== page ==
A MATABELELAND-BASED human rights group has accused government of violating rights of rural communities in the region by denying them access to local radio stations.
BY NQOBANI NDLOVU
The issue came up during commemorations of the World Radio Day held in Bulawayo over the weekend under the theme Radio in Times of Emergency and Disaster.
The Matabeleland Institute for Human Rights (MIHR) said it was saddening that 36 years after independence, most rural communities in Matabeleland region had no access to local radio stations and relied on broadcasts from Zambia, Botswana, South Africa and international “pirate radio stations” beaming into Zimbabwe via shortwave.
“Lack of access to radio reception in Matabeleland violates constitutional and fundamental rights and freedoms that include right to access information, right to education, right to health, as well as right to life among other interlinked rights and freedoms,” the MIHR said in a statement.
“We, therefore, call on the Zimbabwe Human Rights Commission to advise the government of Zimbabwe to ensure that the right to information for the citizens of Matabeleland is prioritised through extending radio reception to all districts. We call on Members of Parliament from Matabeleland to ask the Minister of Information (Christopher Mushohwe) when the affected people of Matabeleland will receive radio reception. We further call on the relevant authorities to issue licenses to community radio stations in Matabeleland.”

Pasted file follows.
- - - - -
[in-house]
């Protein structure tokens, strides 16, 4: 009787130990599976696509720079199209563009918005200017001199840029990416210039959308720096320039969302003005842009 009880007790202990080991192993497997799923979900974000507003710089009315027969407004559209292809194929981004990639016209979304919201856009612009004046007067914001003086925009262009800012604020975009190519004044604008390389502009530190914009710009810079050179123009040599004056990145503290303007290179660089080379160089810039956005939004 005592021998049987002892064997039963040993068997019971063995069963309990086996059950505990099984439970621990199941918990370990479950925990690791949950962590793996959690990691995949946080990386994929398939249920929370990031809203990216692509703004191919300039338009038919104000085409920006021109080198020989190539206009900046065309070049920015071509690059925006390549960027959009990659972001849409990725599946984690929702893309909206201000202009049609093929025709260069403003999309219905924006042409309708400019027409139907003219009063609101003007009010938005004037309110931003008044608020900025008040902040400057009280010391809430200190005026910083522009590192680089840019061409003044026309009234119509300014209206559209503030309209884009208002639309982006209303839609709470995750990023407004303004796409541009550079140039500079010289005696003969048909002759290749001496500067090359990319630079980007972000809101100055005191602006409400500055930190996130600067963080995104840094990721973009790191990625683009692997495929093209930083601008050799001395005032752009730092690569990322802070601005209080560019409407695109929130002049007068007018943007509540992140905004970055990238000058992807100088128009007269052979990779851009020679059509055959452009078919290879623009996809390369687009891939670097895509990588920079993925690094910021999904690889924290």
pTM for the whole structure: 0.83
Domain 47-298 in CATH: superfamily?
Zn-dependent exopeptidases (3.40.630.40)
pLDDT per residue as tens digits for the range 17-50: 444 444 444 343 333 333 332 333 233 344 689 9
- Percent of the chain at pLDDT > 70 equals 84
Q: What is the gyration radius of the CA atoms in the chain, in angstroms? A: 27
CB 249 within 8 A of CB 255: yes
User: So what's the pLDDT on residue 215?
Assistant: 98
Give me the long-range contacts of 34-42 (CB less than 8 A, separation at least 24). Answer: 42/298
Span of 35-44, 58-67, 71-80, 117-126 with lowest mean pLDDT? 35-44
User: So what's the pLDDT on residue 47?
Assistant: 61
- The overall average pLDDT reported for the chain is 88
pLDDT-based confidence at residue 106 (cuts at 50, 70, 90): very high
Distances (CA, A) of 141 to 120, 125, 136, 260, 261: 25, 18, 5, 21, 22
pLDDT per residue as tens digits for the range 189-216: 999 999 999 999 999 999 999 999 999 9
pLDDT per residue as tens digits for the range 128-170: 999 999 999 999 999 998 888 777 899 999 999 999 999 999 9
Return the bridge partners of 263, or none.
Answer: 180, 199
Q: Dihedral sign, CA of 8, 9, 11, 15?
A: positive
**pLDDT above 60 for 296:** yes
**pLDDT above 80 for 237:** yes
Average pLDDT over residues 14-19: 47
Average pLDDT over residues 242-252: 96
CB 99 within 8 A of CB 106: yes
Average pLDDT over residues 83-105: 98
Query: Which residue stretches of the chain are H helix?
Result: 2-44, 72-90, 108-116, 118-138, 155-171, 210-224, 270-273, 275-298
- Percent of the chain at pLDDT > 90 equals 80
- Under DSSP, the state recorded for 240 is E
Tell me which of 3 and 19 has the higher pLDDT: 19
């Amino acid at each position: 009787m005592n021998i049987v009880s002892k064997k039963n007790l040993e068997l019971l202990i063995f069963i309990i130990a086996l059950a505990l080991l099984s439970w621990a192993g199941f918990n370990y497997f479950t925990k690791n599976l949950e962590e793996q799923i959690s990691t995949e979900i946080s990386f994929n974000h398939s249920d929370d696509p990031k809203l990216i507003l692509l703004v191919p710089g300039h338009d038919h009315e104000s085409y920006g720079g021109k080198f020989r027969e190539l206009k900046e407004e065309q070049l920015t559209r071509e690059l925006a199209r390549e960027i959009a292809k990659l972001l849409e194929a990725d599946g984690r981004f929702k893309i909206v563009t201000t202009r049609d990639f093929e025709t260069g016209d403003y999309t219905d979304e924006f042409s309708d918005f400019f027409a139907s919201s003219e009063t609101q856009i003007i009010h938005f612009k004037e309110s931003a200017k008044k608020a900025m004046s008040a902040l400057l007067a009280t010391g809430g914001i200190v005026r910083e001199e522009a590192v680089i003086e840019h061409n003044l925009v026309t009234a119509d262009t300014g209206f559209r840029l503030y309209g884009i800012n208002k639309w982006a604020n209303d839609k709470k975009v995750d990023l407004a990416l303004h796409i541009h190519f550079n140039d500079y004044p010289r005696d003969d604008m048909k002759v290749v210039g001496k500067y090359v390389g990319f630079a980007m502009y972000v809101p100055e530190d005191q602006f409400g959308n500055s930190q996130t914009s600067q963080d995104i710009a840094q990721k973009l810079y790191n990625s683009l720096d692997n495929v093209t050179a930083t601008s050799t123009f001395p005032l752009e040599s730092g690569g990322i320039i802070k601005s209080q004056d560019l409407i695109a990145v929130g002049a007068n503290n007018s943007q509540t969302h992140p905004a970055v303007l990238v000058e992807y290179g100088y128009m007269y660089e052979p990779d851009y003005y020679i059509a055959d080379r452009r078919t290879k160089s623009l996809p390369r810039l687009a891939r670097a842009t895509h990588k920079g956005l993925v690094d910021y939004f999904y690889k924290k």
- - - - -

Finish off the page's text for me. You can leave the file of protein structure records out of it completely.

Mushohwe, meanwhile, toured ZBC’s Montrose Studios in Bulawayo last week where he indicated that the ongoing digitalisation programme was aimed at enabling communities in Matabeleland to access local radio stations.
World Radio Day has been commemorated annually since 2011 to celebrate the advent of radio as a medium of communication, improve international co-operation between broadcasters; and to encourage major networks and community radio alike to promote access to information, freedom of expression and gender equality over the airwaves.